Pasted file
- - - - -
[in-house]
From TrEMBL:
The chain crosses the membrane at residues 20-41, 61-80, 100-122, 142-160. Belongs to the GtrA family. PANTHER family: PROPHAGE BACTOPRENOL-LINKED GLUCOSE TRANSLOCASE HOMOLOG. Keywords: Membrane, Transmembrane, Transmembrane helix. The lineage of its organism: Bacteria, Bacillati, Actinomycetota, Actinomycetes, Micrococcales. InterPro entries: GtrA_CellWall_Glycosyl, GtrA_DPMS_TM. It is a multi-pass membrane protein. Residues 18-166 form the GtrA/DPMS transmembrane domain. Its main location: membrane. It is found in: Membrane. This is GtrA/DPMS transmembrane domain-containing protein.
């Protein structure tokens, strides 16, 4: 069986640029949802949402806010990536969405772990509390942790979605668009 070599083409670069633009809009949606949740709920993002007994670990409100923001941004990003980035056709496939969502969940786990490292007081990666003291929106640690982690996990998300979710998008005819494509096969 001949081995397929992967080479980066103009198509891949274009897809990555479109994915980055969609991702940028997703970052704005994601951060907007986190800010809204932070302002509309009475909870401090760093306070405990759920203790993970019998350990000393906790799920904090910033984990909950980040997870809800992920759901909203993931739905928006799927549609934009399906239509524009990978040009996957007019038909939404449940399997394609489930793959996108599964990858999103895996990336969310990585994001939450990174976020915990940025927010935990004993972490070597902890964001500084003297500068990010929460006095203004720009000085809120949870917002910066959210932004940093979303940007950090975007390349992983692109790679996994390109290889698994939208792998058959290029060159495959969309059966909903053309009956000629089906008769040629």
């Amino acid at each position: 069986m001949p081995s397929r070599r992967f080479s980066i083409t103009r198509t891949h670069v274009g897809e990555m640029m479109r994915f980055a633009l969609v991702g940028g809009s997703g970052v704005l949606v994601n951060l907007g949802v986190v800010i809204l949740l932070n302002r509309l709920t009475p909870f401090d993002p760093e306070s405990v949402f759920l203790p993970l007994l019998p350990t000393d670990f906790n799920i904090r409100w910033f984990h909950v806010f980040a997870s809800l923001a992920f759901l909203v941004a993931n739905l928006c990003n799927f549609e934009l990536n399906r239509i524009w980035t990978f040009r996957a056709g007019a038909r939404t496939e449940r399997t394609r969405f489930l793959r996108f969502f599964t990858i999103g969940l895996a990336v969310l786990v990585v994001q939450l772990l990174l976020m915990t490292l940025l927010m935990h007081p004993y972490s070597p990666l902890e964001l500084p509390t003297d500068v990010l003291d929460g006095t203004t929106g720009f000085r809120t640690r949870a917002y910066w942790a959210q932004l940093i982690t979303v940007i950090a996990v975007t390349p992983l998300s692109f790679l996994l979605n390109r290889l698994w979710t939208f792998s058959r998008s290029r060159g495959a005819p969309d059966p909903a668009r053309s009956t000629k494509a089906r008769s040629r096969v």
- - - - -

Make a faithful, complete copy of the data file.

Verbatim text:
[in-house]
From TrEMBL:
The chain crosses the membrane at residues 20-41, 61-80, 100-122, 142-160. Belongs to the GtrA family. PANTHER family: PROPHAGE BACTOPRENOL-LINKED GLUCOSE TRANSLOCASE HOMOLOG. Keywords: Membrane, Transmembrane, Transmembrane helix. The lineage of its organism: Bacteria, Bacillati, Actinomycetota, Actinomycetes, Micrococcales. InterPro entries: GtrA_CellWall_Glycosyl, GtrA_DPMS_TM. It is a multi-pass membrane protein. Residues 18-166 form the GtrA/DPMS transmembrane domain. Its main location: membrane. It is found in: Membrane. This is GtrA/DPMS transmembrane domain-containing protein.
């Protein structure tokens, strides 16, 4: 069986640029949802949402806010990536969405772990509390942790979605668009 070599083409670069633009809009949606949740709920993002007994670990409100923001941004990003980035056709496939969502969940786990490292007081990666003291929106640690982690996990998300979710998008005819494509096969 001949081995397929992967080479980066103009198509891949274009897809990555479109994915980055969609991702940028997703970052704005994601951060907007986190800010809204932070302002509309009475909870401090760093306070405990759920203790993970019998350990000393906790799920904090910033984990909950980040997870809800992920759901909203993931739905928006799927549609934009399906239509524009990978040009996957007019038909939404449940399997394609489930793959996108599964990858999103895996990336969310990585994001939450990174976020915990940025927010935990004993972490070597902890964001500084003297500068990010929460006095203004720009000085809120949870917002910066959210932004940093979303940007950090975007390349992983692109790679996994390109290889698994939208792998058959290029060159495959969309059966909903053309009956000629089906008769040629």
């Amino acid at each position: 069986m001949p081995s397929r070599r992967f080479s980066i083409t103009r198509t891949h670069v274009g897809e990555m640029m479109r994915f980055a633009l969609v991702g940028g809009s997703g970052v704005l949606v994601n951060l907007g949802v986190v800010i809204l949740l932070n302002r509309l709920t009475p909870f401090d993002p760093e306070s405990v949402f759920l203790p993970l007994l019998p350990t000393d670990f906790n799920i904090r409100w910033f984990h909950v806010f980040a997870s809800l923001a992920f759901l909203v941004a993931n739905l928006c990003n799927f549609e934009l990536n399906r239509i524009w980035t990978f040009r996957a056709g007019a038909r939404t496939e449940r399997t394609r969405f489930l793959r996108f969502f599964t990858i999103g969940l895996a990336v969310l786990v990585v994001q939450l772990l990174l976020m915990t490292l940025l927010m935990h007081p004993y972490s070597p990666l902890e964001l500084p509390t003297d500068v990010l003291d929460g006095t203004t929106g720009f000085r809120t640690r949870a917002y910066w942790a959210q932004l940093i982690t979303v940007i950090a996990v975007t390349p992983l998300s692109f790679l996994l979605n390109r290889l698994w979710t939208f792998s058959r998008s290029r060159g495959a005819p969309d059966p909903a668009r053309s009956t000629k494509a089906r008769s040629r096969v």